SINGAPORE: In the wake of the recent uproar over inflated management fees at Dairy Farm Residences in Bukit Panjang, residents at two other condominiums, Parc Komo and The Essence, have now come forward with complaints of management fees reaching 65 per cent higher than initially advertised.

The controversy began in November when it was revealed that Dairy Farm Residences had imposed management fees ranging from $700 to $800, a significant jump from the originally advertised $260 to $350. Dairy Farm Residences eventually reduced the fees following public outcry, though not to the initially marketed rates.

Parc Komo, a freehold project completed in June with 276 residential units, initially advertised management fees between $327 and $522. Residents, however, claim to be paying much higher fees than the advertised range.

A resident who chose to remain anonymous revealed to CNA that despite expecting a manageable $392 in monthly management fees for his two-bedroom unit, he ended up paying a staggering $646. Developers allegedly attributed the increase to inflation, but residents argue that a 60 per cent rise is unacceptable.

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Ms Zheng, another resident at Parc Komo, expressed dissatisfaction, stating that the facilities do not justify the high fees. She compared her situation to friends and relatives in high-end apartments along Orchard Road, suggesting that the project is not of a similar calibre.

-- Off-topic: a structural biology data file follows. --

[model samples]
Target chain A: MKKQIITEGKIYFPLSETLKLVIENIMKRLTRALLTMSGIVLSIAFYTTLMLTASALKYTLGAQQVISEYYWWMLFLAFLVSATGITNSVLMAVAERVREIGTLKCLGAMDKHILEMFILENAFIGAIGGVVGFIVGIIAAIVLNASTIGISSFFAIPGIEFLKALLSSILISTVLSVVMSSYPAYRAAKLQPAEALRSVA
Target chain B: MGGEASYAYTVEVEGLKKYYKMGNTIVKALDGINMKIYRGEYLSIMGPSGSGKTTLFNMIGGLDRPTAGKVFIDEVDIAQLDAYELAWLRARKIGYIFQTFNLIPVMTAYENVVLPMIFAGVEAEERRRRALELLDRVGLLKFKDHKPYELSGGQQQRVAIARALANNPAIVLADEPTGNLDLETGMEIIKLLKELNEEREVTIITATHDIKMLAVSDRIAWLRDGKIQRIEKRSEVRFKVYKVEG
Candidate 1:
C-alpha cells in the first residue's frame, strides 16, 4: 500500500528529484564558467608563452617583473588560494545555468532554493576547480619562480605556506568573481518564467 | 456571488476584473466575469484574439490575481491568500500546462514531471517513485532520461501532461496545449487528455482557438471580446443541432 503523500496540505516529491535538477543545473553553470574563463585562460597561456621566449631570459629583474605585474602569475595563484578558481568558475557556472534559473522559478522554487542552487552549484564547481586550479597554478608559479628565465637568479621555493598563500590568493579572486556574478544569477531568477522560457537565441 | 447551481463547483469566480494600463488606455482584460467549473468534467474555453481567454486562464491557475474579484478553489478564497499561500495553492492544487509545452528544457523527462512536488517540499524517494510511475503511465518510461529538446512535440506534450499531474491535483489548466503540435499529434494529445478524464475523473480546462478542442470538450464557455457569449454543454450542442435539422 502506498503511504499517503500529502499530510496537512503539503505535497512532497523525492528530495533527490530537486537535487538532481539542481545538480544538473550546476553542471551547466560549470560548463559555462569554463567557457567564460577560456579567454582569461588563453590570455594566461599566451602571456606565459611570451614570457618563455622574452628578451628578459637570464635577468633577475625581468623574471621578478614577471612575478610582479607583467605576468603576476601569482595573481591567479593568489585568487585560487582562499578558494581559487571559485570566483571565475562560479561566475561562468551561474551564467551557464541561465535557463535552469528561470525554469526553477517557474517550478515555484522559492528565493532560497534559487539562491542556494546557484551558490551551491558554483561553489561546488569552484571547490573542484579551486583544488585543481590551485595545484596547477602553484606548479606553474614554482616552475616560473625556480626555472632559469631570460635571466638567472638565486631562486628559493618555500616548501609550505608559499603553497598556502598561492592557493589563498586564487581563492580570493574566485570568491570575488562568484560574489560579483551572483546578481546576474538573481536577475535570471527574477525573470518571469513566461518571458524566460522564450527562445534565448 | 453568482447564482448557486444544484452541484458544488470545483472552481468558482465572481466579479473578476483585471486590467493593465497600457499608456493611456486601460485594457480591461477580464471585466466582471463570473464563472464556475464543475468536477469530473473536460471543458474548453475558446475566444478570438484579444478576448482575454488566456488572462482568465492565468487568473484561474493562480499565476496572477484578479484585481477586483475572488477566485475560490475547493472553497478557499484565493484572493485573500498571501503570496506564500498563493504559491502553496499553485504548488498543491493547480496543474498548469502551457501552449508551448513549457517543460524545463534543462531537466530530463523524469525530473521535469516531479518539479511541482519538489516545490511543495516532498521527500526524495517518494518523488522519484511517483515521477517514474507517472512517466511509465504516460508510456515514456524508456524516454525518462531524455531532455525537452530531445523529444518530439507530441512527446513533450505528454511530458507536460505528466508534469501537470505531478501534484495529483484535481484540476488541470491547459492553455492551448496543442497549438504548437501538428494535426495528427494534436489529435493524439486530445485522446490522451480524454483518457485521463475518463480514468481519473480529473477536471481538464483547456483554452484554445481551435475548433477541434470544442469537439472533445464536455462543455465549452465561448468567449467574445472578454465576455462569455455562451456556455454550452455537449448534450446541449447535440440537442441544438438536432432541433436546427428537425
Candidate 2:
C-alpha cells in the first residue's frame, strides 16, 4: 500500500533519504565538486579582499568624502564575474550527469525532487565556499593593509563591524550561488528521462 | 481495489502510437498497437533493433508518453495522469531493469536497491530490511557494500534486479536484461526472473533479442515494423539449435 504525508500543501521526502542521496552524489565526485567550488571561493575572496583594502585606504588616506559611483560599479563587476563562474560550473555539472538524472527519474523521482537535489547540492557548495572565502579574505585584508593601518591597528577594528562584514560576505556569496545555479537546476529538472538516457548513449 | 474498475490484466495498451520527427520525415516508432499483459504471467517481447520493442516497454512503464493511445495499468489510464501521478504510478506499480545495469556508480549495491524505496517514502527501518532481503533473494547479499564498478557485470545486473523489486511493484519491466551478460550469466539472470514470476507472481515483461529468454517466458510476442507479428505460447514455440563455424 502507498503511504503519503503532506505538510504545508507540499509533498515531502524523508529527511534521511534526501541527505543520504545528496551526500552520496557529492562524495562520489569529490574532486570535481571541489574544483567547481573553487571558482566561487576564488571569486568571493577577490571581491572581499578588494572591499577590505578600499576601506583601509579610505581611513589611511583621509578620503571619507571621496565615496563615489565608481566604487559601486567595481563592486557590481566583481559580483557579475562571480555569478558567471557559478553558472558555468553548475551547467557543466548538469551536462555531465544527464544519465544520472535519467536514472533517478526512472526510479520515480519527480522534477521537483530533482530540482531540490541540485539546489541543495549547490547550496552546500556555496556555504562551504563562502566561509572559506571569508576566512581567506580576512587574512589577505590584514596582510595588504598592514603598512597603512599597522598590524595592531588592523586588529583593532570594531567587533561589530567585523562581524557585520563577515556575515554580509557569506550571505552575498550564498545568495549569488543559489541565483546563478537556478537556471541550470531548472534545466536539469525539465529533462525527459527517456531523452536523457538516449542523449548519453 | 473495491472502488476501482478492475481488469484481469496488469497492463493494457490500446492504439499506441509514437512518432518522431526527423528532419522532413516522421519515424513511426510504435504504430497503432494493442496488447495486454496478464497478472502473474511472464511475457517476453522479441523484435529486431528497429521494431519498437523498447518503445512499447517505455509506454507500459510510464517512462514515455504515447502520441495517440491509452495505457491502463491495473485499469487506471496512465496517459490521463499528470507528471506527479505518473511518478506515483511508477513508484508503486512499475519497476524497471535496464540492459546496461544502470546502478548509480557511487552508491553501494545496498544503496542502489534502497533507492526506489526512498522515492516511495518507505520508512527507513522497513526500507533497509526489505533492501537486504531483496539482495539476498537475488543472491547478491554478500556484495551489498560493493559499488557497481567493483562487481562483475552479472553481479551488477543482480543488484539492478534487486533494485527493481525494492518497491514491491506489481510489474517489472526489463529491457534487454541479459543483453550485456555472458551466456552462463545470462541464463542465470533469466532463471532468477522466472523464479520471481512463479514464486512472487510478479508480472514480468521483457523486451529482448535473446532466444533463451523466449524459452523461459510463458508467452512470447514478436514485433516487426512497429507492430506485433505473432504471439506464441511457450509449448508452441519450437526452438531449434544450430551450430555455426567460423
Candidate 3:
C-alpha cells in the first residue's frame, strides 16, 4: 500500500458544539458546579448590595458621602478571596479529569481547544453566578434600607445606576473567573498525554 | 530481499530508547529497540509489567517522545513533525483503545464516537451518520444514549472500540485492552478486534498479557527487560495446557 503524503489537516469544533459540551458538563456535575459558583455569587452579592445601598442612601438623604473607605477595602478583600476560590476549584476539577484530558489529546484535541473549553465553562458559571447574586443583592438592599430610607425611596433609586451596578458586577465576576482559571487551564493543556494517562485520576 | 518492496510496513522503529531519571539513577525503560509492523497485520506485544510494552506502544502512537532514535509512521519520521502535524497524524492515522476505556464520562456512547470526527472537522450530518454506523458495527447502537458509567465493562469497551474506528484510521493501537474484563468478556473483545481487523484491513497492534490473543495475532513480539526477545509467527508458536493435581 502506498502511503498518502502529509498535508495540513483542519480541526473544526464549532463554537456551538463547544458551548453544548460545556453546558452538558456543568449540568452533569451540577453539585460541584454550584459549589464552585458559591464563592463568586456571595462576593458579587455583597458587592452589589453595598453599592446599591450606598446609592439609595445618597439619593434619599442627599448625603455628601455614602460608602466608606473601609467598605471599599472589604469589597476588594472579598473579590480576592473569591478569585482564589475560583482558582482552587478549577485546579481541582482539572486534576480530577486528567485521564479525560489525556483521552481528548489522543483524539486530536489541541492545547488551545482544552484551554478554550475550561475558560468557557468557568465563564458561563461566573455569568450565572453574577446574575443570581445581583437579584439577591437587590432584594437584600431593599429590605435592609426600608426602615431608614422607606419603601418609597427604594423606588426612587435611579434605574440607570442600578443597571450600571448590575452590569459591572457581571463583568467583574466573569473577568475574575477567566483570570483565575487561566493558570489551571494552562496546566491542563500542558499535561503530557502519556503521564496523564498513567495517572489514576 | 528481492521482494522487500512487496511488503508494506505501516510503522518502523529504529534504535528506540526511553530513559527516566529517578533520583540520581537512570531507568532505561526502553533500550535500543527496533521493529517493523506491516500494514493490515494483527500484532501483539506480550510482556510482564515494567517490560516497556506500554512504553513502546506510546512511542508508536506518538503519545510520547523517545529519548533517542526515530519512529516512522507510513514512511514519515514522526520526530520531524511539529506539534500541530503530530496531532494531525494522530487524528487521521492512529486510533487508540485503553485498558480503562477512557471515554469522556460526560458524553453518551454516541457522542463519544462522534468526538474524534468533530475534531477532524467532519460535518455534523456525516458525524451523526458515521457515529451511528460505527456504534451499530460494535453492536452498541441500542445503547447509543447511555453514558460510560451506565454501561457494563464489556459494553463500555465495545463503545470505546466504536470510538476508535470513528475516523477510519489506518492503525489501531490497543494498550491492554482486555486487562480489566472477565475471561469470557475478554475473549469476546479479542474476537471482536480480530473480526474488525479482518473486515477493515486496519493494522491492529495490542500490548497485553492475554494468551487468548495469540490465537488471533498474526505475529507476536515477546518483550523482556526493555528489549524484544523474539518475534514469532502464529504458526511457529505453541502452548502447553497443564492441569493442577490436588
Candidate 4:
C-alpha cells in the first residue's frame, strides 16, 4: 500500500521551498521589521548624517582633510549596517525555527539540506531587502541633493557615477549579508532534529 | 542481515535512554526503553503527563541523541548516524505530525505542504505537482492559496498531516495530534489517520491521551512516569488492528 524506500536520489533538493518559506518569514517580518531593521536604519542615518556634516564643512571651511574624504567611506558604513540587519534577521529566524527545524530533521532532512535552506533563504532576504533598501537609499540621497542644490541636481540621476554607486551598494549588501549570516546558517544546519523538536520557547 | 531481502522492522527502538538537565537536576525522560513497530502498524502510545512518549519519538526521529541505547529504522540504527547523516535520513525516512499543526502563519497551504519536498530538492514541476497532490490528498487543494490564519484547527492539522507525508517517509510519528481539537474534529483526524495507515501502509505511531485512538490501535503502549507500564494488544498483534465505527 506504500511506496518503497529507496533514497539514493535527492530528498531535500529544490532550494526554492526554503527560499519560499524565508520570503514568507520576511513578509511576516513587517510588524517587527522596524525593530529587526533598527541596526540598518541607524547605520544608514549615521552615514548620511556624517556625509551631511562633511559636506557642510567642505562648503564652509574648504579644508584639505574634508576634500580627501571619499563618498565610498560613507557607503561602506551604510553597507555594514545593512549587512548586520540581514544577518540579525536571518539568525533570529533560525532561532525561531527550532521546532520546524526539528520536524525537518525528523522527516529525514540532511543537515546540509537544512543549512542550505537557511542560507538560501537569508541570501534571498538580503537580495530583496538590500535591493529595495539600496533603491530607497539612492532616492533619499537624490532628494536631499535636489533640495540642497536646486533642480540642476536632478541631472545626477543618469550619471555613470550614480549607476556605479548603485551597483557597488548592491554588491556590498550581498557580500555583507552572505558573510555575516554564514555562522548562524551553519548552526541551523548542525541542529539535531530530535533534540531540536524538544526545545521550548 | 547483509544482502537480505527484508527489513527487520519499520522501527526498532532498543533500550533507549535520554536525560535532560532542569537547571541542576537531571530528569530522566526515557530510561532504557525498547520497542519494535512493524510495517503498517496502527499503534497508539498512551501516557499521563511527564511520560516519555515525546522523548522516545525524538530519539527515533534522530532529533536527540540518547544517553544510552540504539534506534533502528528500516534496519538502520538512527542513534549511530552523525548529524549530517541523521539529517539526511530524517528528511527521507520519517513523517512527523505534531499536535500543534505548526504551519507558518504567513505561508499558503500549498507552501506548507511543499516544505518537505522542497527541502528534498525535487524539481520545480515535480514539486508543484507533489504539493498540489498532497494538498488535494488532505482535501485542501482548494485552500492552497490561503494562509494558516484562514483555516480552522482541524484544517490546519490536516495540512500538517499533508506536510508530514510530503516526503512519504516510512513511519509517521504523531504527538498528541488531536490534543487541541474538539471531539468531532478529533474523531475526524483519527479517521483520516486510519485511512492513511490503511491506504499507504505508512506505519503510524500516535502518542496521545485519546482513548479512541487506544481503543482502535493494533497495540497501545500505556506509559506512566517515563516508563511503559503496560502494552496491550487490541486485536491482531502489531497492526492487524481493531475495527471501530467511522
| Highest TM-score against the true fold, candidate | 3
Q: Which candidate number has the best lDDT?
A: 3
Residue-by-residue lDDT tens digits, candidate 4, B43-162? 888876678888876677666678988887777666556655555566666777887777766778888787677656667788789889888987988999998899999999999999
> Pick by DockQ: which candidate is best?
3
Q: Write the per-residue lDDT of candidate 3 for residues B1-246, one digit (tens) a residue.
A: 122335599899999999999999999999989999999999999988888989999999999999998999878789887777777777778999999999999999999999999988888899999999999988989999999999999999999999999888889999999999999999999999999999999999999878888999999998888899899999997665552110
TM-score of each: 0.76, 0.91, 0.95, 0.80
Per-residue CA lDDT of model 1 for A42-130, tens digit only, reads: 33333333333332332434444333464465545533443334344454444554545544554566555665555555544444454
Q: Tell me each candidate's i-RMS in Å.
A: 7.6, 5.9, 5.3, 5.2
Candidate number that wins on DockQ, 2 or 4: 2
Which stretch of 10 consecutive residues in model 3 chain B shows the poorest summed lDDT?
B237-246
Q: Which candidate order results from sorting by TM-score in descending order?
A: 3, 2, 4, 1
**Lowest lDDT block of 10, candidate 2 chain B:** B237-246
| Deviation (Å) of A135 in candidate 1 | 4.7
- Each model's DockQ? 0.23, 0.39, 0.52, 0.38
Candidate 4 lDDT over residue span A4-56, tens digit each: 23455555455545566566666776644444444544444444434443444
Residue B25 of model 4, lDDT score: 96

In response to the rising fees, residents initiated a petition in October and formed a working group with eight representatives to negotiate with developers. Despite their efforts, the group claims to have received no crucial documents from developers, hindering their ability to scrutinize the management costs effectively.

The working group acknowledged that the developer initially proposed a 12 per cent fee reduction in October, which was later inexplicably lowered to 9.3% per cent. Currently, there is no confirmation from the developer regarding the fee reduction.

Meanwhile, residents of The Essence condominium in Yishun, a 99-year leasehold project with 84 residential units, have also launched a petition on Change.org to lower their escalating management fees. Originally marketed at $300 for a two-bedroom unit, the fees have reportedly surpassed $500.

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Chambers International, the management representative for The Essence, provided residents with a schedule of daily management work but failed to provide a detailed cost breakdown. It said that the developer is aware of residents’ concerns and is collaborating with the management agent to engage with residents.